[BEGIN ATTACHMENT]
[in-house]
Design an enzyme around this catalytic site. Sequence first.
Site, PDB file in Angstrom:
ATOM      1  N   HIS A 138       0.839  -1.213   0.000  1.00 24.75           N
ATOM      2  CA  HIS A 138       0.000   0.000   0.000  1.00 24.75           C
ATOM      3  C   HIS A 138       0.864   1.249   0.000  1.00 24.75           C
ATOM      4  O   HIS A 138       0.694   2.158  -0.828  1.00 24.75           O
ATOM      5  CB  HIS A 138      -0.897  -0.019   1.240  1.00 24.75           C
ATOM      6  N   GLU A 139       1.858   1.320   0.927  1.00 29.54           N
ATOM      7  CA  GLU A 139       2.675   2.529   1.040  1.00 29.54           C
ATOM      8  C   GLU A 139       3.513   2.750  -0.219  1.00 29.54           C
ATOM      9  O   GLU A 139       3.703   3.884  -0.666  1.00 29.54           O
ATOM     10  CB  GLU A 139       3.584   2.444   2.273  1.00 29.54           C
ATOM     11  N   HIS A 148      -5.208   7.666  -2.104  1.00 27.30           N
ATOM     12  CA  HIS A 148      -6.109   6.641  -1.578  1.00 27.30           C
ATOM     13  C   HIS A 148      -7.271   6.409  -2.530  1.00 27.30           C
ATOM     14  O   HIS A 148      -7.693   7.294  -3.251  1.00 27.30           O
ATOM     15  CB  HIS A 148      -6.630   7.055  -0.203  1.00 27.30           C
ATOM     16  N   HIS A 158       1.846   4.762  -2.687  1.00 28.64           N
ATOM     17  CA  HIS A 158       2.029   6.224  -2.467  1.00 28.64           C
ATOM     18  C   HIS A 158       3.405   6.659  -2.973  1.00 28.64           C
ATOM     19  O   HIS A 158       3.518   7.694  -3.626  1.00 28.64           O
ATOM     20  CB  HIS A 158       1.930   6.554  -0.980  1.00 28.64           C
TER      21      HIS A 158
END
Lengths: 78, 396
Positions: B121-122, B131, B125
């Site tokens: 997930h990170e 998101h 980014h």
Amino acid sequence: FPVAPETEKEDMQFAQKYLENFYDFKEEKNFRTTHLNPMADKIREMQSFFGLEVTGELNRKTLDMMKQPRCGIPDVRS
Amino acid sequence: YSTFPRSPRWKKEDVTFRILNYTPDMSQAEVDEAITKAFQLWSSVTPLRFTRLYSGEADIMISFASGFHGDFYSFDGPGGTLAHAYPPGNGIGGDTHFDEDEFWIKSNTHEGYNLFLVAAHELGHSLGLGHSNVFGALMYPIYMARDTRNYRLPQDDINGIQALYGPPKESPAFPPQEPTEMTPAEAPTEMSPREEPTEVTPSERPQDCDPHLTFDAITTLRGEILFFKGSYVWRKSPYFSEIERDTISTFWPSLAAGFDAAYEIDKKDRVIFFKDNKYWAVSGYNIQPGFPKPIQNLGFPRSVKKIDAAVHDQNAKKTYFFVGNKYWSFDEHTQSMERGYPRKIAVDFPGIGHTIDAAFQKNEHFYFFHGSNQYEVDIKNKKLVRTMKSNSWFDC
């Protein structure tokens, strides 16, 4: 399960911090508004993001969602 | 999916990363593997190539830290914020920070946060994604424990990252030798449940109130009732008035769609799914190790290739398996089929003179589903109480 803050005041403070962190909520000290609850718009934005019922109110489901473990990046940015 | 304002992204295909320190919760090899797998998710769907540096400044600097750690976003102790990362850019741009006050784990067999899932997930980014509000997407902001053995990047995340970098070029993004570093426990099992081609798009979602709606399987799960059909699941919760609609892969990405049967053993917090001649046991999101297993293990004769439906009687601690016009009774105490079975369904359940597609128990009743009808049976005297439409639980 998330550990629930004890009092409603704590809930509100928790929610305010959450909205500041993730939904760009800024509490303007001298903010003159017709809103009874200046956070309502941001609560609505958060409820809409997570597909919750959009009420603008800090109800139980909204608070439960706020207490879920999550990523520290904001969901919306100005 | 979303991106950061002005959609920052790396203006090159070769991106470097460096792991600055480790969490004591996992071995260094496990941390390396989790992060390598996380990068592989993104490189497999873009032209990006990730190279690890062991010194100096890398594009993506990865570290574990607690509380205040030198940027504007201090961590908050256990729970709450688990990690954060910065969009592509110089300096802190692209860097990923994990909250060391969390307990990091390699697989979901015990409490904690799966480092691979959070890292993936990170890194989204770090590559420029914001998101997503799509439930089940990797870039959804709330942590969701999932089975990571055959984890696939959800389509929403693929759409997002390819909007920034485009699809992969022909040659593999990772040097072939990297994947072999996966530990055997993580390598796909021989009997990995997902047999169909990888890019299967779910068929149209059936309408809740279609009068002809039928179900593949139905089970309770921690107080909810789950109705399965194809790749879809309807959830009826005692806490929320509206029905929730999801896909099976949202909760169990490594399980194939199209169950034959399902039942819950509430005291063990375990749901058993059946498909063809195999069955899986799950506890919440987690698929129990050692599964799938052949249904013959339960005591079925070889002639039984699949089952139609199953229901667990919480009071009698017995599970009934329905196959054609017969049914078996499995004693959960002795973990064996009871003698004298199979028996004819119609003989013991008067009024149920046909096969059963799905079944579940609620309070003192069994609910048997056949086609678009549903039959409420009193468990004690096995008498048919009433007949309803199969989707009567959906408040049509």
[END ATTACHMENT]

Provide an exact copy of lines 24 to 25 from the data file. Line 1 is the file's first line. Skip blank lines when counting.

TER      21      HIS A 158
END